Habits of a Loving Heart 2

In last week’s column, I was suggesting that we humans under appreciate the impact and power of habits – good and bad. The previous column, paralleling Stephen’ Covey’s “The 7 Habits of Highly Effective People,” began to explore the habits of the heart for committed Christians. The premise was that we humans are not fundamentally thinking creatures, or believing creatures, but desiring creatures. Thinking and believing are key and essential parts of who we are, but what pushes and pulls us has more to do with what captures our desires, our affections — our hearts. Our identity as persons is shaped by what we ultimately love or what we love as ultimate. It is the heart that needs formation in the Christian life. I then began to list some habits for forming a loving heart.

The first three habits were:

Read the Word of God – It is where you meet Jesus and where you can fall in love. In those grey moments when you are wondering what to do, the answer to WWJD (what would Jesus do) is written in the Sacred Scriptures. Cultivate an active prayer life – God cannot effectively change, shape and mold our lives unless we share it with Him in prayer. Set spiritual goals – The well-formed heart asks that we set personal spiritual goals and actively work towards them, making the necessary sacrifices to eventually reach them.

And now for the rest of the column!

Know what God calls you to do – We are all members of the Body of Christ, hopefully doing what we do best. We all seem to have natural dispositions, talents, and skills. St. Paul recognizes this in his letter to the Ephesians when he tells us that, as a community, God’s purpose is to “equip the holy ones for the work of ministry, for building up the body of Christ.” (Eph 4:12). We need to have the habit of recognizing, cultivating, and encouraging our talents and the talents of others.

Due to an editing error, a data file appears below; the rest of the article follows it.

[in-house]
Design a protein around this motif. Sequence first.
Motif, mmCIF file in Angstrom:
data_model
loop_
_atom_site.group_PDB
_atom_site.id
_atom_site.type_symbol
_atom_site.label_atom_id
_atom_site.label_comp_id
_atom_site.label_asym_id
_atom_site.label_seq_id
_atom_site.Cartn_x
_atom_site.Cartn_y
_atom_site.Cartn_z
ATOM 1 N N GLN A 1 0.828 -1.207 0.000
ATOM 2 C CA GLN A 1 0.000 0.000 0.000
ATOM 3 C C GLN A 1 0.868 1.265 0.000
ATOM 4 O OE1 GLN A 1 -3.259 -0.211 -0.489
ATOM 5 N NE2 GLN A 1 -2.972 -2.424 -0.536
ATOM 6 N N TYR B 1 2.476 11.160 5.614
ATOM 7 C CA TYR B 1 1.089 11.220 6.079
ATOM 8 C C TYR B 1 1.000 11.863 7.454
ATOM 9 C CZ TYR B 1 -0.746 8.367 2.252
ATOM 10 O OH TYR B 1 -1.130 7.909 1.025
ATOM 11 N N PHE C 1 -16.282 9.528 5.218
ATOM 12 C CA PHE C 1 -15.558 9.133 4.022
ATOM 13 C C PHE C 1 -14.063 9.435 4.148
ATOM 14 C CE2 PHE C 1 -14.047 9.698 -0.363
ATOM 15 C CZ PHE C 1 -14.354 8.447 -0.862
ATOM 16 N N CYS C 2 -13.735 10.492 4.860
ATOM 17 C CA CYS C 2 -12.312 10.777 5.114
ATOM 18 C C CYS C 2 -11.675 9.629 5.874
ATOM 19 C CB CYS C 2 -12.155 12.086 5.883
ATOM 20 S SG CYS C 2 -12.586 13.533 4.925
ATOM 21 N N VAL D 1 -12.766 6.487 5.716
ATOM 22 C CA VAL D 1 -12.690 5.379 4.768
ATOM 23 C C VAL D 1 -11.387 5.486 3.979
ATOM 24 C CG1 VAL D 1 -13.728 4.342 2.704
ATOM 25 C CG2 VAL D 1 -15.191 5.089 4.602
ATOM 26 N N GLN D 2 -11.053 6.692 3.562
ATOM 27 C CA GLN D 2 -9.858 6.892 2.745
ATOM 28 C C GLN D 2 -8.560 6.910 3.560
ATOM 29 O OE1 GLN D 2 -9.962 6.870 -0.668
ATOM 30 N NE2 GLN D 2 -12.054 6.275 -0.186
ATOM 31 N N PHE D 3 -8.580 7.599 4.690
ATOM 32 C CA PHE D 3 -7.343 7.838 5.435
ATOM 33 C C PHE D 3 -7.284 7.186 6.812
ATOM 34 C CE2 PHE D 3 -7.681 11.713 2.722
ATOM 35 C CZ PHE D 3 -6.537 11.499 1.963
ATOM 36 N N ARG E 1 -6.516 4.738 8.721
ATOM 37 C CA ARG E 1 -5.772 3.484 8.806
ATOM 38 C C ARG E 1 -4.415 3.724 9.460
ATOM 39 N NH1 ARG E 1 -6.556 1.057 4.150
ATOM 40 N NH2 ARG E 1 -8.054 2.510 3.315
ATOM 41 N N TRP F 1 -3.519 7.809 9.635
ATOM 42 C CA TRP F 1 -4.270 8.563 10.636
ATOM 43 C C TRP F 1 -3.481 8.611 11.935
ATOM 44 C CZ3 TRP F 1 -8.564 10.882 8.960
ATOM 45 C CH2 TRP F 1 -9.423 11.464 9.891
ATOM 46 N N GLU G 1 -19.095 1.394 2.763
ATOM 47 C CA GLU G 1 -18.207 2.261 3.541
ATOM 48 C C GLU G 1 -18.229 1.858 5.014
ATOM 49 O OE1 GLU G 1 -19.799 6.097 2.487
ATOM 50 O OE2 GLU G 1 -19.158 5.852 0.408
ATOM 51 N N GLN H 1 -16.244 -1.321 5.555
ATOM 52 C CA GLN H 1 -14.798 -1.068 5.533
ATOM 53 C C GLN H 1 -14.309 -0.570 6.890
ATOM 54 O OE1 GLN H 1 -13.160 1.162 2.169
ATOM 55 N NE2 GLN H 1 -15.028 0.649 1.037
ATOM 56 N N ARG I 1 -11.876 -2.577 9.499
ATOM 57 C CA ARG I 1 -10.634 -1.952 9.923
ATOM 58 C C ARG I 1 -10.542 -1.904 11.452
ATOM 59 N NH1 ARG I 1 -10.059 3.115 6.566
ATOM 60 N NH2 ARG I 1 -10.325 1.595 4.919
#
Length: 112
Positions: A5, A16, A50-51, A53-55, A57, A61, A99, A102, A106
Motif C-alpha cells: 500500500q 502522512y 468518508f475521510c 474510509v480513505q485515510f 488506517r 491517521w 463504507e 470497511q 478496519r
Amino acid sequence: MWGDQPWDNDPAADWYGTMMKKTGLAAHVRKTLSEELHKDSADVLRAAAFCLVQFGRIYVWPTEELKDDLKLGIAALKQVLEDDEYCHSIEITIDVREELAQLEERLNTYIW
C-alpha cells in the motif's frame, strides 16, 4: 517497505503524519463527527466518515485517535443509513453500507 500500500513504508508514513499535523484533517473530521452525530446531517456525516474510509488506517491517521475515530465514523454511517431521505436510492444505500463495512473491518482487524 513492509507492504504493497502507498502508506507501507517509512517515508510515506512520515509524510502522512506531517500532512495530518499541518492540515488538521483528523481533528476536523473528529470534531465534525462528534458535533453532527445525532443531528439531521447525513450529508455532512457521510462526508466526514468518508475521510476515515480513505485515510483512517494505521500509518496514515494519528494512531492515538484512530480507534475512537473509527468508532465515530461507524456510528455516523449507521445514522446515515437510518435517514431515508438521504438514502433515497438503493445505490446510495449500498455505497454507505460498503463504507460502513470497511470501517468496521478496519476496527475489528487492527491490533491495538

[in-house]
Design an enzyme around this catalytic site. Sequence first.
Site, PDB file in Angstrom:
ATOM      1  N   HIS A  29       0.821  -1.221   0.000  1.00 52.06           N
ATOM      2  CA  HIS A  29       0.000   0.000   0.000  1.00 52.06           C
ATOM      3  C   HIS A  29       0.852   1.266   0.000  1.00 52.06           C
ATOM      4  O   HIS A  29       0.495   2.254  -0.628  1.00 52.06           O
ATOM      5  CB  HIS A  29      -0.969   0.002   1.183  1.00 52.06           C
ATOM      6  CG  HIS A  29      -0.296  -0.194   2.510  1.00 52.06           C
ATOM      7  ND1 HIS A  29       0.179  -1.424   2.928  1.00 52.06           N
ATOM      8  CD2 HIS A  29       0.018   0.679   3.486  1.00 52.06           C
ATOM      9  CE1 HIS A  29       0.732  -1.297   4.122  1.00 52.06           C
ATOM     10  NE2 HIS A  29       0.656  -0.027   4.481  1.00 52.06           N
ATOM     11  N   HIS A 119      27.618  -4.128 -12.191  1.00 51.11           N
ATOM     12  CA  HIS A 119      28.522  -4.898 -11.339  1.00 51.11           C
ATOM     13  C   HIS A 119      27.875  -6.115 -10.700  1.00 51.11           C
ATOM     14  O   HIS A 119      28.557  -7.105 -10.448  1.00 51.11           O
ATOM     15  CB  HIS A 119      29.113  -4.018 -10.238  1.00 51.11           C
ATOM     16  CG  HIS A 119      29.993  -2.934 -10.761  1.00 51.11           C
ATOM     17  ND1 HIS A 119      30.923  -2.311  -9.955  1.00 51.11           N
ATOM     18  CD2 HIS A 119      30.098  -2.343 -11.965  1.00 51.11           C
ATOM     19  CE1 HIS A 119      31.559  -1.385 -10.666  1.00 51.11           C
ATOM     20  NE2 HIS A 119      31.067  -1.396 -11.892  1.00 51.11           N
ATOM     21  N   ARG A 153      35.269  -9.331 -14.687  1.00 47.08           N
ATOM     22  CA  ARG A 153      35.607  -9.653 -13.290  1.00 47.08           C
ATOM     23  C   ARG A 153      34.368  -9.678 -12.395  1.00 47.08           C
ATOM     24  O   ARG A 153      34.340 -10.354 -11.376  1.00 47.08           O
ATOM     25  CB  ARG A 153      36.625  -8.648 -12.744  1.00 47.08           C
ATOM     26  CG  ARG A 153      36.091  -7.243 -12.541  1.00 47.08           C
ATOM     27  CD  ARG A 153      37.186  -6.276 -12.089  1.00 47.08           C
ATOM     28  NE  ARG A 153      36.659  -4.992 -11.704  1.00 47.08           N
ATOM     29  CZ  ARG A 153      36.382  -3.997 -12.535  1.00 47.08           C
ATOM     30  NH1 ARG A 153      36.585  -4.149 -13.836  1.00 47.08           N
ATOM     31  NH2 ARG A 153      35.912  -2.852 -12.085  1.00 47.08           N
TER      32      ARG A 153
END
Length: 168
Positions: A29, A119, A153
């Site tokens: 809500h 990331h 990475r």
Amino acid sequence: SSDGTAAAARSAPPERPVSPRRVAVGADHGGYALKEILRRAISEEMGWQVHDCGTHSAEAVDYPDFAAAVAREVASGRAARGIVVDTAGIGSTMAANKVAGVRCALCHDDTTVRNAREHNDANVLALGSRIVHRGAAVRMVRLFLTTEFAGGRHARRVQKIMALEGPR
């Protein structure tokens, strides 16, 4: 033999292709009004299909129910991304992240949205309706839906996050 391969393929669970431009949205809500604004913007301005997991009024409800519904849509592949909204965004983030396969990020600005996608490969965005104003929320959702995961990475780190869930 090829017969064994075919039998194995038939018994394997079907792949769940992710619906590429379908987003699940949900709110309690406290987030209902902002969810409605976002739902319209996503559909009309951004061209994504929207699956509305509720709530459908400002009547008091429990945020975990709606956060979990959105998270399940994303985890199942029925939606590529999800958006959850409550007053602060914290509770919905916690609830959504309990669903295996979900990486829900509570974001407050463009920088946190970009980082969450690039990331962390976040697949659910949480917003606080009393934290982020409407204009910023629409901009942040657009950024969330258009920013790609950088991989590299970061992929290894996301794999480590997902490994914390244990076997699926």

Take Responsibility – Because we are all members of the Body of Christ, we are called to take responsibility for our own souls – with the help of the community and priests – but in the end each one of us is responsible. The well-formed heart has the habit of putting what is good for souls first so that we are prepared to spend our energies on what is most precious to our heart’s desire.

Serve Others – “…The Son of Man did not come to be served, but to serve…” (Mt 20:28). The habit of selfless service to others for their good is the means to develop the understanding that service is a way of life born out of love for Jesus. When asked why we serve, we naturally respond, “I am compelled by the love of Christ.” (cf. 2 Cor 5:14)

Take time to know where your feet are – One of my favorite parables is “The Parable of the Sower”: “A sower went out to sow…Some (seed) fell on rocky ground, where it had little soil. It sprang up at once because the soil was not deep, and when the sun rose it was scorched, and it withered for lack of roots. Some seed fell among thorns, and the thorns grew up and choked it.” (Mt 13:3-7). A good habit for Christians is to be attentive and to always check your feet. Do you find yourself in shallow soil or among the thorns of life? The everyday includes worry about deadlines, debts, health, family, busyness in work and activities, emergencies, and a whole host of other things that take our attention, our energy, and maybe our heart. A well-formed heart has the habit of ever looking for the “rich soil, [to produce] fruit, a hundred or sixty or thirtyfold.” (Mt 13:8)

Develop faith-filled habits for a lifetime; habits that become a natural part of our lives. As I wrote last week, nature hates a vacuum. So, we either form Christian habits of the heart or other habits will surely find their own place in our hearts

 

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